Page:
Since 1972, there have been numerous proposals in the United States to remove cannabis from Schedule I of the Controlled Substances Act, the most tightly restricted category reserved for drugs that have “no currently accepted medical use.” Rescheduling proponents argue that cannabis does not meet the Controlled Substances act’s strict criteria for placement in Schedule I, and therefore the government is required by law either to permit medical use or to remove the drug from federal control altogether. The government, on the other hand, maintains that cannabis is dangerous enough to merit Schedule I status. The Controlled Substances Act provides a process for rescheduling controlled substances by petitioning the Drug Enforcement Administration. The first petition under this process was filed in 1972 to allow cannabis to be legally prescribed by physicians. The petition was ultimately denied after 22 years of court challenges, although a pill form of cannabis’ psychoactive ingredient, THC, was rescheduled in 1985 to allow prescription under Schedule II. In 1999, cannabis was again rescheduled to allow prescription under Schedule III. A second petition, based on claims related to clinical studies, was denied in 2001. The most recent rescheduling petition filed by medical cannabis advocates was in 2002, but was denied by the DEA in July 2011. Subsequently, medical cannabis advocacy group Americans for Safe Access filed an appeal in January 2012 with the D.C. Circuit, which was heard on Oct. 16, 2011 and denied on Jan. 22, 2013. As of January 2015, 22 states and Washington D.C. have legalized the use of medical marijuana. According to the Deputy Director of Regulatory Programs at the FDA, Douglas Throckmorton, the FDA is conducting an analysis, at the request of the DEA, on whether marijuana should be downgraded.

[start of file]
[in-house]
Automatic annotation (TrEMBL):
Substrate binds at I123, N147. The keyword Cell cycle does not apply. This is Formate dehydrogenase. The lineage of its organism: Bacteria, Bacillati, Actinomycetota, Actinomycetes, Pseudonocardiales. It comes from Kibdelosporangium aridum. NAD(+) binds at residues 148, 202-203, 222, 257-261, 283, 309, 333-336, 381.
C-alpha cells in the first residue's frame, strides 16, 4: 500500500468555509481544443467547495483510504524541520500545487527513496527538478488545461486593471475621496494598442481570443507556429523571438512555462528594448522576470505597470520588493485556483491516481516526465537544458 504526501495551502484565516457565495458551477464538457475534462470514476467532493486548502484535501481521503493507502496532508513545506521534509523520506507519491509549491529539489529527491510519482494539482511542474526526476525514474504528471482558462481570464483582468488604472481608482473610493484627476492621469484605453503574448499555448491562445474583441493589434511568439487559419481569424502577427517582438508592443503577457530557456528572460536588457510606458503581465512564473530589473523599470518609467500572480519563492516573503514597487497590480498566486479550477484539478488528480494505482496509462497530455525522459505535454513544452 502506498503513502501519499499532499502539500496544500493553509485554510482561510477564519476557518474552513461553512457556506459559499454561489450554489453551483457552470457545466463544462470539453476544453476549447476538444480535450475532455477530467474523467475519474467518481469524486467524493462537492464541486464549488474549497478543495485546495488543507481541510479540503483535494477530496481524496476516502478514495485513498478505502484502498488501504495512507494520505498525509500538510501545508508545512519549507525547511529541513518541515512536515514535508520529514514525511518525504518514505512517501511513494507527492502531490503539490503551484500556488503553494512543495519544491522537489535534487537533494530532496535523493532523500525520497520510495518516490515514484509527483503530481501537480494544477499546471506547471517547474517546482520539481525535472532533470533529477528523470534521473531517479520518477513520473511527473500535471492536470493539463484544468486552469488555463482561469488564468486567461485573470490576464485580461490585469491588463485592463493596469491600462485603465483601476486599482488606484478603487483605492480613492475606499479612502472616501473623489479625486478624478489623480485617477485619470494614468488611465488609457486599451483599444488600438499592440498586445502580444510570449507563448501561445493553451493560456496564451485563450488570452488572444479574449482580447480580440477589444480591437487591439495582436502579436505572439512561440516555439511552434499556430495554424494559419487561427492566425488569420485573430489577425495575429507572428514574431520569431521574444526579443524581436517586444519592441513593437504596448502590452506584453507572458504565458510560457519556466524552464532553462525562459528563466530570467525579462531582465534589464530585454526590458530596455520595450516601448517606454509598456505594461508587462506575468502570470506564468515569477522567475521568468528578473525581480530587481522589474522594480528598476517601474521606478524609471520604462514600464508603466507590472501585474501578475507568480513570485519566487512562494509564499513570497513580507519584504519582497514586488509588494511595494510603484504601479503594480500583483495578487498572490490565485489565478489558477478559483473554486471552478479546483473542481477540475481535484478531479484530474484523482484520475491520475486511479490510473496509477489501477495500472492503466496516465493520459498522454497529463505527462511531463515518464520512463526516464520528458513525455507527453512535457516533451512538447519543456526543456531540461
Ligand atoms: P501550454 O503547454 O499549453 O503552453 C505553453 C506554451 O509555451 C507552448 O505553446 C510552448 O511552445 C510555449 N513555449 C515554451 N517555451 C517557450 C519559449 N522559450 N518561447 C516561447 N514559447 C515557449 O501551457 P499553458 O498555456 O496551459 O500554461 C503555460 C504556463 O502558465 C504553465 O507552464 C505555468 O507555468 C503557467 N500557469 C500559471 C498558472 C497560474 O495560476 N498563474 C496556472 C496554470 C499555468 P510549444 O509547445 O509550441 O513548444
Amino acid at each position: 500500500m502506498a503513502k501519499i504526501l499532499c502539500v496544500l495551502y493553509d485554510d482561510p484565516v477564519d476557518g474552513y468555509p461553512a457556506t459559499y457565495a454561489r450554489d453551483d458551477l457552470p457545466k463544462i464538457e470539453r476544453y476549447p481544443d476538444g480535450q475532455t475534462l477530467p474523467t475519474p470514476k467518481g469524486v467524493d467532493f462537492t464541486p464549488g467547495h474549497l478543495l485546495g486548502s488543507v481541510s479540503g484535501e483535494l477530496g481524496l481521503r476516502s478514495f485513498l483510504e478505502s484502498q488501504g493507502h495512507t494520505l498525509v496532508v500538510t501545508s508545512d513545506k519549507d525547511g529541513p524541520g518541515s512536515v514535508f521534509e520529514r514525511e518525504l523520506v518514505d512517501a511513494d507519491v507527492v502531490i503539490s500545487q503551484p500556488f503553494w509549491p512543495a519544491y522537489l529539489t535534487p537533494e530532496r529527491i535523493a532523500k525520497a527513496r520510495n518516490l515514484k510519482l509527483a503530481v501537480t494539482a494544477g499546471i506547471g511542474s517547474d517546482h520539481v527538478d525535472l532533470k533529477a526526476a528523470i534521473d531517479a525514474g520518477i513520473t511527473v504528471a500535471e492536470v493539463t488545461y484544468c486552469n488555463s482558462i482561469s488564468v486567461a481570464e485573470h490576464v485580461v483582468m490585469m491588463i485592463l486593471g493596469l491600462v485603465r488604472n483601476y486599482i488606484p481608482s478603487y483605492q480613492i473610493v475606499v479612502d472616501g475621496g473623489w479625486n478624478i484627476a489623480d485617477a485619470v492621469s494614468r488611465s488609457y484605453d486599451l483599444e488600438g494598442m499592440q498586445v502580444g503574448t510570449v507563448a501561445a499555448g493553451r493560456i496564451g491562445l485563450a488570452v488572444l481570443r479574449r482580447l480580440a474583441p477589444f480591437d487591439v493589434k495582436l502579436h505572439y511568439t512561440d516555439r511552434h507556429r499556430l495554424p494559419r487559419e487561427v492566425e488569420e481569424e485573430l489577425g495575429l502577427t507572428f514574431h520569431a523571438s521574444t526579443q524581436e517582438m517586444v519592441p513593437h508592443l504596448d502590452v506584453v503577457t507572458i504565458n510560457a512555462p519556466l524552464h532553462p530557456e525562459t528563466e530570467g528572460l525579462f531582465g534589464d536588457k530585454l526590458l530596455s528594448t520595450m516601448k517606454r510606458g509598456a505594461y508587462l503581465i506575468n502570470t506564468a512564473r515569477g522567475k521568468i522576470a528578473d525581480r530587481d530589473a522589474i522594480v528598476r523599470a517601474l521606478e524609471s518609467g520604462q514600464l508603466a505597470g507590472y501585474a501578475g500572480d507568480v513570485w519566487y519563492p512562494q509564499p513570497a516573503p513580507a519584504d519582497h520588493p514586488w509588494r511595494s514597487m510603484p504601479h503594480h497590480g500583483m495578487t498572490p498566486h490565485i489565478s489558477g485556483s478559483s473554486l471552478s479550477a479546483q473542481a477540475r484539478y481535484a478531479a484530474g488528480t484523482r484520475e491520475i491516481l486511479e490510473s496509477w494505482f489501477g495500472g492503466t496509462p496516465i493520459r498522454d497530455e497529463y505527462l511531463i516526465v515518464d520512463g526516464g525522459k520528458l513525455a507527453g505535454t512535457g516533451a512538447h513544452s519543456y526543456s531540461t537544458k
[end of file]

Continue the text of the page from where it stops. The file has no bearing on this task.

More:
In 1992, DEA Administrator Robert Bonner promulgated five criteria, based somewhat on the Controlled Substances Act’s legislative history, for determining whether a drug has an accepted medical use. The DEA claims that cannabis has no accepted medical use because it does not meet all of these criteria: the drug’s chemistry is known and reproducible; there are adequate safety studies; there are adequate and well-controlled studies proving efficacy; the drug is accepted by qualified experts; and the scientific evidence is widely available.